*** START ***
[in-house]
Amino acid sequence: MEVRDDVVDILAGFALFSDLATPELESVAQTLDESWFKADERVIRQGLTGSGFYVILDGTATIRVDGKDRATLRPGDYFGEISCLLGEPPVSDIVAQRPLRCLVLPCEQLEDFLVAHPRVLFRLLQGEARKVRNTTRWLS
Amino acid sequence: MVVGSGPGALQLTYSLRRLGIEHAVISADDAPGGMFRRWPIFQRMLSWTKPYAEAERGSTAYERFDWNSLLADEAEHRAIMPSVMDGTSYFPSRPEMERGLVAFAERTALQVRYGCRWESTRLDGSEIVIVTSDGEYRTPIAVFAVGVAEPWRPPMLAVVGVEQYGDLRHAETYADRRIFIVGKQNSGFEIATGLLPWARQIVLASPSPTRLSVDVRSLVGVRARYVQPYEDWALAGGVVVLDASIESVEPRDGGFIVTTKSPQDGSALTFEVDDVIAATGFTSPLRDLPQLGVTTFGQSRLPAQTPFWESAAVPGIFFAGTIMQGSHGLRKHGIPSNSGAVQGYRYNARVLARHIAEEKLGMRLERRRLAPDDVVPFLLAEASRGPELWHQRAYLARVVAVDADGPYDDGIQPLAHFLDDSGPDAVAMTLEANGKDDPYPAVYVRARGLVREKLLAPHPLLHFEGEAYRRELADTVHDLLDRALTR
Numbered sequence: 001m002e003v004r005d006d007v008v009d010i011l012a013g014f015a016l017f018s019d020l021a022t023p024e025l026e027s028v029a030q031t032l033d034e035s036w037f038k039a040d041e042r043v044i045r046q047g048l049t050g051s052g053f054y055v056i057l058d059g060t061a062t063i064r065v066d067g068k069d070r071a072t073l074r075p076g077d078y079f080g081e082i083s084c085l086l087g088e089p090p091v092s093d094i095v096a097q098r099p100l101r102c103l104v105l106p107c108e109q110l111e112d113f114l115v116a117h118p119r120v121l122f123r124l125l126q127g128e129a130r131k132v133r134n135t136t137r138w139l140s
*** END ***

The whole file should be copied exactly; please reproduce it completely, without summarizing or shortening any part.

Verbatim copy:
[in-house]
Amino acid sequence: MEVRDDVVDILAGFALFSDLATPELESVAQTLDESWFKADERVIRQGLTGSGFYVILDGTATIRVDGKDRATLRPGDYFGEISCLLGEPPVSDIVAQRPLRCLVLPCEQLEDFLVAHPRVLFRLLQGEARKVRNTTRWLS
Amino acid sequence: MVVGSGPGALQLTYSLRRLGIEHAVISADDAPGGMFRRWPIFQRMLSWTKPYAEAERGSTAYERFDWNSLLADEAEHRAIMPSVMDGTSYFPSRPEMERGLVAFAERTALQVRYGCRWESTRLDGSEIVIVTSDGEYRTPIAVFAVGVAEPWRPPMLAVVGVEQYGDLRHAETYADRRIFIVGKQNSGFEIATGLLPWARQIVLASPSPTRLSVDVRSLVGVRARYVQPYEDWALAGGVVVLDASIESVEPRDGGFIVTTKSPQDGSALTFEVDDVIAATGFTSPLRDLPQLGVTTFGQSRLPAQTPFWESAAVPGIFFAGTIMQGSHGLRKHGIPSNSGAVQGYRYNARVLARHIAEEKLGMRLERRRLAPDDVVPFLLAEASRGPELWHQRAYLARVVAVDADGPYDDGIQPLAHFLDDSGPDAVAMTLEANGKDDPYPAVYVRARGLVREKLLAPHPLLHFEGEAYRRELADTVHDLLDRALTR
Numbered sequence: 001m002e003v004r005d006d007v008v009d010i011l012a013g014f015a016l017f018s019d020l021a022t023p024e025l026e027s028v029a030q031t032l033d034e035s036w037f038k039a040d041e042r043v044i045r046q047g048l049t050g051s052g053f054y055v056i057l058d059g060t061a062t063i064r065v066d067g068k069d070r071a072t073l074r075p076g077d078y079f080g081e082i083s084c085l086l087g088e089p090p091v092s093d094i095v096a097q098r099p100l101r102c103l104v105l106p107c108e109q110l111e112d113f114l115v116a117h118p119r120v121l122f123r124l125l126q127g128e129a130r131k132v133r134n135t136t137r138w139l140s